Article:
Ad blocker interference detected!
Wikia is a free-to-use site that makes money from advertising. We have a modified experience for viewers using ad blockers
Wikia is not accessible if you’ve made further modifications. Remove the custom ad blocker rule(s) and the page will load as expected.
Camp Ramah Darom, opened in 1997, is a Jewish summer camp located in Clayton, Georgia. The camp is affiliated with the National Ramah Commission, the national parent organization that oversees all Ramah overnight camps, day camps, and Israel programs. Ramah is sponsored by the Jewish Theological Seminary of America, a main hub for Conservative Judaism.
The summer is divided into two four-week sessions, Aleph and Bet. Generally campers attend one session, while some opt to go both sessions. The minimum edah (age-group) to attend either Session Aleph or Bet is Nitzanim. rising 4th graders. The minimum edah to attend both Session Aleph and Bet is Chalutzim, rising 6th graders. However, for the oldest edah, Gesher, attendance to both sessions is mandatory.
At the conclusion of the 2007 Summer season Rabbi Sykes, the camp's first Director, stepped down. In addition, Ross Sadoff stepped down as Assistant Director. Geoff Menkowitz, a former Assistant Director, will be replacing Rabbi Sykes as Director of Camp Ramah Darom.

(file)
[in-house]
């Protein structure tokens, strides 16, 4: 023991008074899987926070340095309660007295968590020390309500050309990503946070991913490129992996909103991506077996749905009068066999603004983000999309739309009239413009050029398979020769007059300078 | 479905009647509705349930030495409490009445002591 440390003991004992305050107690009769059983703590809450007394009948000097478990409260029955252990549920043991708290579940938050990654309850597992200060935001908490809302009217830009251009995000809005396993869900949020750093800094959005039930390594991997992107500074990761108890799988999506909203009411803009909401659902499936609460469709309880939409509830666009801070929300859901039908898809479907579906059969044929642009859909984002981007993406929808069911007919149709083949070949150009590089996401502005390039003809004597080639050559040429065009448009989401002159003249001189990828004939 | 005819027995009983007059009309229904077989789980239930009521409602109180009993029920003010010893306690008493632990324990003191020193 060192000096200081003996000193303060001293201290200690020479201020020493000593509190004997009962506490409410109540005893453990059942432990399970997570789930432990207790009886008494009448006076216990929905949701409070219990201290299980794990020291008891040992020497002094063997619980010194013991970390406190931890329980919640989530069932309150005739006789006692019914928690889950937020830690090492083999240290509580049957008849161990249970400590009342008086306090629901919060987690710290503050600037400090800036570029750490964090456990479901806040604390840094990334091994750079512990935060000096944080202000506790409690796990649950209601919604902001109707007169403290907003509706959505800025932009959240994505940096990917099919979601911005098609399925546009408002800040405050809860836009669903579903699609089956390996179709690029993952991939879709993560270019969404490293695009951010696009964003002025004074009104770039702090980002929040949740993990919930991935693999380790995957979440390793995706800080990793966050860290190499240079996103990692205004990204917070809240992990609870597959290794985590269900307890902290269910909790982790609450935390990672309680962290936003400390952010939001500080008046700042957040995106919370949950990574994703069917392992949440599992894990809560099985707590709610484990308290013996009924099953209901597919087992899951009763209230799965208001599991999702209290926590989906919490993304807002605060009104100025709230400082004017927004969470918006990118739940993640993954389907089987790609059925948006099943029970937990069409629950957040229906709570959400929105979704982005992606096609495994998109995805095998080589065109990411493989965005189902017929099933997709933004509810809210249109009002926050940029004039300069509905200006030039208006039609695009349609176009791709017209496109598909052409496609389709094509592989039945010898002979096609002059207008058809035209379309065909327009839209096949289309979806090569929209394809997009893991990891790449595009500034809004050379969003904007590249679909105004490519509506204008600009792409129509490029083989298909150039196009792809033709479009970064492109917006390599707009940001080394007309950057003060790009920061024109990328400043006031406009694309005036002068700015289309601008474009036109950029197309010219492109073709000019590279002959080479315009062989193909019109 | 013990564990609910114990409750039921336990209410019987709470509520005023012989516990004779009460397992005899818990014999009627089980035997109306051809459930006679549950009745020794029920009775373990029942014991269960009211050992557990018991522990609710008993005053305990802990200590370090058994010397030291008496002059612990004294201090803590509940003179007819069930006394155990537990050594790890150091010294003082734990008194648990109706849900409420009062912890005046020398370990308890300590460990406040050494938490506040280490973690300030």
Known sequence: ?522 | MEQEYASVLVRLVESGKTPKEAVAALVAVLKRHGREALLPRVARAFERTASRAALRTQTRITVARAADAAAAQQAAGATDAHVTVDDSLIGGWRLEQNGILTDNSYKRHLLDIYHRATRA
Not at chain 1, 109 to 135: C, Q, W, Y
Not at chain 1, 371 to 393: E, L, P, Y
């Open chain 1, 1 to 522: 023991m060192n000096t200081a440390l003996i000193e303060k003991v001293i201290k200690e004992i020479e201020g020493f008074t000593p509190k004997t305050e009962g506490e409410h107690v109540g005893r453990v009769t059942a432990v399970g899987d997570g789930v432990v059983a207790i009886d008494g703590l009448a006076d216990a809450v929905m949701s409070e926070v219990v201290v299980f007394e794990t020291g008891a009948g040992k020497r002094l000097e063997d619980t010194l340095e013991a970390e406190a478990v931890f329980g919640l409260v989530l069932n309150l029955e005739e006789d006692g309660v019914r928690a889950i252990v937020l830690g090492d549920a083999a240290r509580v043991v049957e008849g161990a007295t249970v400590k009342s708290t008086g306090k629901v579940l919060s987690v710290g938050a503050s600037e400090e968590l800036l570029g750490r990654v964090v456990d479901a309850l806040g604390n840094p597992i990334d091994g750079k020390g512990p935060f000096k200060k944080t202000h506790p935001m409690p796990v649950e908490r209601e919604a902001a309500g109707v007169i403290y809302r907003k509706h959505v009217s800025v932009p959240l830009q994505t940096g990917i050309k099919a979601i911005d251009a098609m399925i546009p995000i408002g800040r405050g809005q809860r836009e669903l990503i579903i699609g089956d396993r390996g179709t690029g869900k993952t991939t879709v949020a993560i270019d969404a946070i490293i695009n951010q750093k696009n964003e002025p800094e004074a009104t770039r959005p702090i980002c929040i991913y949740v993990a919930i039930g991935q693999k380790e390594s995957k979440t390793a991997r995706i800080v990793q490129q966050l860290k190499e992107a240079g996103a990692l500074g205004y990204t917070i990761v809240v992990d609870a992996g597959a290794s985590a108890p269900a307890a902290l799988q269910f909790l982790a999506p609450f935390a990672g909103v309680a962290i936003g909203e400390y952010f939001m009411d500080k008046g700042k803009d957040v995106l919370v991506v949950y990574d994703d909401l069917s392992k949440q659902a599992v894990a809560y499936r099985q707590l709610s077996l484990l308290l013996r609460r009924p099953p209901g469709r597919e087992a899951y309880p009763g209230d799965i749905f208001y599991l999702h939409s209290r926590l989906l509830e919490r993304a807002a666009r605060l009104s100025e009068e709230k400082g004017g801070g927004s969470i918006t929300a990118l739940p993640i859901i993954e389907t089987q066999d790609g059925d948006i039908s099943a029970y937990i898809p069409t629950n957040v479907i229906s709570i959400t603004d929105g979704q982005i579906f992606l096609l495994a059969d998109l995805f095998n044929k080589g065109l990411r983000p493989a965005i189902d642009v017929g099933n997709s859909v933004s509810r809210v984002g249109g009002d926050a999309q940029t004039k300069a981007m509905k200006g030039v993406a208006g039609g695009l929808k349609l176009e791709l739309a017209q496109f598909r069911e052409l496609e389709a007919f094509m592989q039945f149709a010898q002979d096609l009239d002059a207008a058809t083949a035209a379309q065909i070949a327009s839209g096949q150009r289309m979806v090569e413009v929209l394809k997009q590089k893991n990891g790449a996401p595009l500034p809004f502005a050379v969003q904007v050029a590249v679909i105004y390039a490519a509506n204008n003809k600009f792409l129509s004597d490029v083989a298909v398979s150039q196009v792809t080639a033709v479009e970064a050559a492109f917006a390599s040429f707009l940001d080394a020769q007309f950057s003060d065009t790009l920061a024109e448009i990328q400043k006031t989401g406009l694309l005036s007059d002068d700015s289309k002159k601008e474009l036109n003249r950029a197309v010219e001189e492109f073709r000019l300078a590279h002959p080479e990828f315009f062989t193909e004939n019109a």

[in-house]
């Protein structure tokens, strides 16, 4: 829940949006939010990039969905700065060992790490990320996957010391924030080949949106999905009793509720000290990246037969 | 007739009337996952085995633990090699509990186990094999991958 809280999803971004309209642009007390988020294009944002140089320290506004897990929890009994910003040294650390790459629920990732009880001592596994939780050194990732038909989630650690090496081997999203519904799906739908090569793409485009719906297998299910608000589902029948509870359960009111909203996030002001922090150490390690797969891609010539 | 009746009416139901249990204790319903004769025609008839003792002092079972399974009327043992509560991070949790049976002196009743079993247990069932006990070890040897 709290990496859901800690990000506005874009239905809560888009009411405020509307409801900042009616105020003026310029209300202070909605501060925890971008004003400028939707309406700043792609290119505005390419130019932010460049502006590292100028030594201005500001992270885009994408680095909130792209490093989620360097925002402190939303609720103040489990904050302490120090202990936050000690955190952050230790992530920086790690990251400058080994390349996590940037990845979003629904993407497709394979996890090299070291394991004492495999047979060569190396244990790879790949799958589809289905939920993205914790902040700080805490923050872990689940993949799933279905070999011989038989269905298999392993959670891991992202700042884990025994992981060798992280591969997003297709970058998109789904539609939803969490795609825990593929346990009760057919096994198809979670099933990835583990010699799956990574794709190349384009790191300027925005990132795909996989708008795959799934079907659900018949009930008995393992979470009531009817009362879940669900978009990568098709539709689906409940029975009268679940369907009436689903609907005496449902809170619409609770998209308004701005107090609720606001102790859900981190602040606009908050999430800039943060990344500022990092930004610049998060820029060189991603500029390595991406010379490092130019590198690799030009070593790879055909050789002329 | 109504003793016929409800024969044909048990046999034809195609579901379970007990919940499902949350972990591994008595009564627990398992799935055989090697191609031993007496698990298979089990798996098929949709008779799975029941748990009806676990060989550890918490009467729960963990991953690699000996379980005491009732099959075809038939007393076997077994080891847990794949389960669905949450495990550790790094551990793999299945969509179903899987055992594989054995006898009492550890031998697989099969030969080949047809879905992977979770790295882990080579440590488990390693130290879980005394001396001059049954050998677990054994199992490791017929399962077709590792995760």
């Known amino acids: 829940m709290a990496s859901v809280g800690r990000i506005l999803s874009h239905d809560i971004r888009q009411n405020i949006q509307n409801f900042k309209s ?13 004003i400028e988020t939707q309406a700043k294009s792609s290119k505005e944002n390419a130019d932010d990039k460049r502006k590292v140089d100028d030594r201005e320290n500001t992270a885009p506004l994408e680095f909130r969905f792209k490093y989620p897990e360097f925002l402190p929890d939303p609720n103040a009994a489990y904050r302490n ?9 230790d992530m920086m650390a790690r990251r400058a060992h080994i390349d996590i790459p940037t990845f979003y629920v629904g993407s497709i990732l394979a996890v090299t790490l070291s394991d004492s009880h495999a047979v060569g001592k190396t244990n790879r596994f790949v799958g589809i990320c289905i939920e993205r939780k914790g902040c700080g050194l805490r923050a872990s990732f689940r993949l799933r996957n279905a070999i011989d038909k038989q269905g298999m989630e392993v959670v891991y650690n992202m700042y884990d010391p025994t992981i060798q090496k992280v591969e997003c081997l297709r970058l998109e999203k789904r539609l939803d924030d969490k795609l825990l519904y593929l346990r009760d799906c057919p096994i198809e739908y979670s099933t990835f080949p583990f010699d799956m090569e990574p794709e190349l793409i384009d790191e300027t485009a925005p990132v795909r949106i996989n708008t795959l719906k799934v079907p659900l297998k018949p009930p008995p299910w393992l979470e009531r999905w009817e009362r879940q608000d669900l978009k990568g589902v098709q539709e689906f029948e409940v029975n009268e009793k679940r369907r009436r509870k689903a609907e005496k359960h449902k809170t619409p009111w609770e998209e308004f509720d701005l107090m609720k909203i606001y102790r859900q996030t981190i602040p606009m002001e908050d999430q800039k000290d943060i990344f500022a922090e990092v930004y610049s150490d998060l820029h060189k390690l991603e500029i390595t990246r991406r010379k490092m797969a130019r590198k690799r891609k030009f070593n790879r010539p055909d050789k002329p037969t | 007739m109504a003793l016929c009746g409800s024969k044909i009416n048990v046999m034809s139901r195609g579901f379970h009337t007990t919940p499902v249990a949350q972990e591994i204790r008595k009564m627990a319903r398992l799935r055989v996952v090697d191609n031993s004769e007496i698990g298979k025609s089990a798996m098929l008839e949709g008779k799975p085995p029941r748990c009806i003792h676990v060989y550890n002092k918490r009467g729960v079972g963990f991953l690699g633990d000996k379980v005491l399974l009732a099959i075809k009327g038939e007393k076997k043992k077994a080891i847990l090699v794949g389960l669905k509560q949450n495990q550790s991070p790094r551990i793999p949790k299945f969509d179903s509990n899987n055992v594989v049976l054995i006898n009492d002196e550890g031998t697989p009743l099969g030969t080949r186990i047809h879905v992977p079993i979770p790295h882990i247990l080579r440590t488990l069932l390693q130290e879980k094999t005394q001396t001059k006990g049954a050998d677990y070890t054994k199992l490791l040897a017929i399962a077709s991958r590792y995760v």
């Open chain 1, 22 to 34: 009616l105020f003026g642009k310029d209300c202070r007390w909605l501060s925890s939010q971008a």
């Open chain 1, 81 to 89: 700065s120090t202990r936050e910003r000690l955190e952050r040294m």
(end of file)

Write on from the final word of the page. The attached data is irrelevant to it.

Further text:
The camp also hosts Camp Yofi, a special 5-day session (held before and after the main sessions) for families with autistic children. Programs and activities are provided for the children and their siblings, as well as the parents.
- Nitzanim ("Flower Buds"): Entering 4th grade
- Sollelim ("Pathfinders"): Entering 5th grade
- Chalutzim ("Pioneers"): Entering 6th grade
- Kochavim ("Stars"): Entering 7th grade
- Shoafim ("Strivers"): Entering 8th grade
- Nachshonim ("Brave Ones"): Entering 9th grade
- Nivonim ("Wise Ones"): Entering 10th grade
- Gesher ("Bridge"): Entering 11th grade (a mandatory 8-week program)
- The National Ramah Commission
- "Research Findings on the Impact of Camp Ramah," 2004
- Ramah Darom website